The head of the UN’s agency for Palestinian refugees urged donor countries not to freeze funds in the wake of allegations that staffers had participated in the October 7 massacre in southern Israel, calling the move “immensely irresponsible” as Germany and Scotland became the latest to announce funding freezes.
United Nations Relief and Works Agency Commissioner General Philippe Lazzarini expressed alarm over the cuts, saying they put 2 million Gazans relying on the UN body for humanitarian aid at risk.
“It is shocking to see a suspension of funds to the Agency in reaction to allegations against a small group of staff, especially given the immediate action that UNRWA took by terminating their contracts and asking for a transparent independent investigation,” Lazzarini said Saturday night.
Nine countries, including the US and Britain, have said they are suspending funding for the agency. The moves came as Lazzarini announced Friday that UNRWA had sacked several staffers and ordered an independent investigation following information from Israel showing that UNRWA employees had been involved in the October 7 onslaught.
Some 1,200 people were killed during the unprecedented attack across southern Israel, most of them civilians. Another 253 people, also largely civilians, were abducted and taken into Gaza, where over 130 remain.
Lazzarini argued Saturday night that the funding suspensions amounted to a form of collective punishment.
“It would be immensely irresponsible to sanction an agency and an entire community it serves because of allegations of criminal acts against some individuals, especially at a time of war, displacement and political crises in the region,” he said.
Israel’s Foreign Minister Israel Katz responded to Lazzarini’s comments by tweeting to him to “please resign.”
— ישראל כ”ץ Israel Katz (@Israel_katz) January 27, 2024
Katz earlier called for more donor suspensions, saying UNRWA should be replaced once fighting in the enclave dies down, and accused the agency of ties to Islamist terrorists in Gaza.
UNRWA was set up to help refugees of the 1948 war at Israel’s founding and provides education, health and aid services to Palestinians in Gaza, the West Bank, Jordan, Syria, and Lebanon. It helps about two-thirds of Gaza’s 2.3 million population and has played a pivotal aid role during the ongoing war between Israel and Hamas.
Germany and Scotland became the latest places to announce that their governments would no longer fund the agency Saturday night, joining the US, Britain, Canada, Australia, Italy, the Netherlands, Switzerland and Finland.
The Foreign Ministry in Germany welcomed the investigation, saying it was deeply concerned about the allegations raised against agency employees.
“We expect Lazzarini to make it clear within UNRWA’s workforce that all forms of hatred and violence are totally unacceptable and will not be tolerated,” it said on X.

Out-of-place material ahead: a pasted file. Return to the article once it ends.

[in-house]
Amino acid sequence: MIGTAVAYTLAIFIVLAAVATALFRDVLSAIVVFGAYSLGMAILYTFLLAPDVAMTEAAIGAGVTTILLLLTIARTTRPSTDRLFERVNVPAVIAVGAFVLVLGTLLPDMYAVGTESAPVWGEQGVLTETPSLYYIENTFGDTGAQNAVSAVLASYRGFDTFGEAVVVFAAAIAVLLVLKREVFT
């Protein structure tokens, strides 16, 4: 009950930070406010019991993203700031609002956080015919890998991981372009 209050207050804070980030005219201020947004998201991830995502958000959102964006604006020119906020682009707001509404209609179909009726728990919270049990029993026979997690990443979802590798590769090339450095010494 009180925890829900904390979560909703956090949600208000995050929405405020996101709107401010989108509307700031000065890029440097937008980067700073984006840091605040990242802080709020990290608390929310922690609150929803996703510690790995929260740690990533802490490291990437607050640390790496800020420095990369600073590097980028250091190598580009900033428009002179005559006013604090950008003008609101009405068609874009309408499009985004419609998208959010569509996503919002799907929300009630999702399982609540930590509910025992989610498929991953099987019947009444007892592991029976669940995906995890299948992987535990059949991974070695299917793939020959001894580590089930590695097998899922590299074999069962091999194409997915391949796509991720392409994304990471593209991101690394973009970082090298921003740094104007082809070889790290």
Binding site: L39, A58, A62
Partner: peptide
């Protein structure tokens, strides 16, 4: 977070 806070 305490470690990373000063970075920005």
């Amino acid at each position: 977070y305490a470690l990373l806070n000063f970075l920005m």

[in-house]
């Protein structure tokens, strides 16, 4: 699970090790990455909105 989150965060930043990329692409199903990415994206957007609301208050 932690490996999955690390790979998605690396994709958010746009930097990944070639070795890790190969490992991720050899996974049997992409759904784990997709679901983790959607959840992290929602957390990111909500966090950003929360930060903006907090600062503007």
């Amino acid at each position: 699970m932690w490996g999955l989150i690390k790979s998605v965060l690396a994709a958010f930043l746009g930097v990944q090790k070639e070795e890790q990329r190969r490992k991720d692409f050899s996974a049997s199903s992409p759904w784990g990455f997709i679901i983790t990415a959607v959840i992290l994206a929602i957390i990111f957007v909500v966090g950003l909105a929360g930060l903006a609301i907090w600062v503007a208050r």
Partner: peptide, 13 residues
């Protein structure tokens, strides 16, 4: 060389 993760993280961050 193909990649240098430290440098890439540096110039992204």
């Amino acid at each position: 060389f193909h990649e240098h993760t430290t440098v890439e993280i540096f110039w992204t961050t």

The US and Germany make up the agency’s two largest donors, providing around half of the $1.1 billion the agency collected in 2022.
A spokesperson for the Scottish government told local media it had requested updates from UNRWA as the investigation proceeds, and has “no plans to provide further support to UNRWA at this stage.”
Scotland’s First Minister Humza Yousaf, who leads the government, said Lazzarini’s comments Saturday night were “important.”
“The people of Gaza are dying in the midst of a humanitarian catastrophe, they cannot be collectively punished. Aid must get to those who are already suffering so badly,” he wrote on X.
The people of Gaza are dying in the midst of a humanitarian catastrophe, they cannot be collectively punished. Aid must get to those who are already suffering so badly. https://t.co/8q58iwz2V9
— Humza Yousaf (@HumzaYousaf) January 27, 2024
Yousaf’s wife is from Gaza and her parents were trapped there for several weeks at the start of the war. He has repeatedly called for a ceasefire in Israel’s war with Hamas and for the immediate release of the hostages.
Echoing Lazzarini’s comments, UN Under-Secretary-General for Humanitarian Affairs Martin Griffiths said “Now is not the time to let [Gazans] down.” He did not directly mention the allegations or funding cuts.
A senior Israeli official told the Axios news site that the Shin Bet and the Israel Defense Forces had provided UNRWA with information that pointed to the active participation of agency staffers along with the use of the agency’s vehicles and facilities in the October 7 onslaught.
While the UNRWA statement did not specify how many staffers it had fired, the US said that 12 employees “may have been involved.”
According to Israel’s Kan public broadcaster, Israel passed to the US information that included the names of staffers and “clear” proof that they were involved. The outlet also reported that a number of UNRWA employees were killed inside Israel on October 7.
It is unclear if they were counted among the over 150 UNRWA staffers killed during the conflict.
Israeli officials and their allies — including in the US Congress — frequently allege that UNRWA allows anti-Israeli incitement to be taught in its hundreds of schools and that some of its staff collaborate with Hamas. The Trump administration suspended funding to the agency in 2018, but President Joe Biden restored it.
The agency’s supporters say the allegations aim to diminish the long-festering refugee issue. Last week, Lazzarini said he would appoint an independent entity to look into the claims — both “what is true or untrue” and “what is politically motivated.” He also said the accusations were hurting the agency’s already stretched operations.